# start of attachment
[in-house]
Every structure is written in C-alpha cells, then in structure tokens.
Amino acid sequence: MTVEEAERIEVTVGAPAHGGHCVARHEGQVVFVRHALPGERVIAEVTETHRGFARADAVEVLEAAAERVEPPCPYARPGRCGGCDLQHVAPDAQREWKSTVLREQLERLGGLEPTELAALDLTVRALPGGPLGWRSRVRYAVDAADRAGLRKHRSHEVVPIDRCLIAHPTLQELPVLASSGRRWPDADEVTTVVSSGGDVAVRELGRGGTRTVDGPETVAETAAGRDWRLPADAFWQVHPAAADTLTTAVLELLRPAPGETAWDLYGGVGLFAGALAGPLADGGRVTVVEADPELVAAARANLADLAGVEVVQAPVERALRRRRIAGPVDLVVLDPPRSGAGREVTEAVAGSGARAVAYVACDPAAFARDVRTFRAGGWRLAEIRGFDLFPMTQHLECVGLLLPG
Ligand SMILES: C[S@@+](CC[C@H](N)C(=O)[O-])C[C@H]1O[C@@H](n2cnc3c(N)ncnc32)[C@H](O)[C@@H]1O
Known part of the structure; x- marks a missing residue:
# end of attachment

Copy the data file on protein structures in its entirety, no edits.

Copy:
[in-house]
Every structure is written in C-alpha cells, then in structure tokens.
Amino acid sequence: MTVEEAERIEVTVGAPAHGGHCVARHEGQVVFVRHALPGERVIAEVTETHRGFARADAVEVLEAAAERVEPPCPYARPGRCGGCDLQHVAPDAQREWKSTVLREQLERLGGLEPTELAALDLTVRALPGGPLGWRSRVRYAVDAADRAGLRKHRSHEVVPIDRCLIAHPTLQELPVLASSGRRWPDADEVTTVVSSGGDVAVRELGRGGTRTVDGPETVAETAAGRDWRLPADAFWQVHPAAADTLTTAVLELLRPAPGETAWDLYGGVGLFAGALAGPLADGGRVTVVEADPELVAAARANLADLAGVEVVQAPVERALRRRRIAGPVDLVVLDPPRSGAGREVTEAVAGSGARAVAYVACDPAAFARDVRTFRAGGWRLAEIRGFDLFPMTQHLECVGLLLPG
Ligand SMILES: C[S@@+](CC[C@H](N)C(=O)[O-])C[C@H]1O[C@@H](n2cnc3c(N)ncnc32)[C@H](O)[C@@H]1O
Known part of the structure; x- marks a missing residue: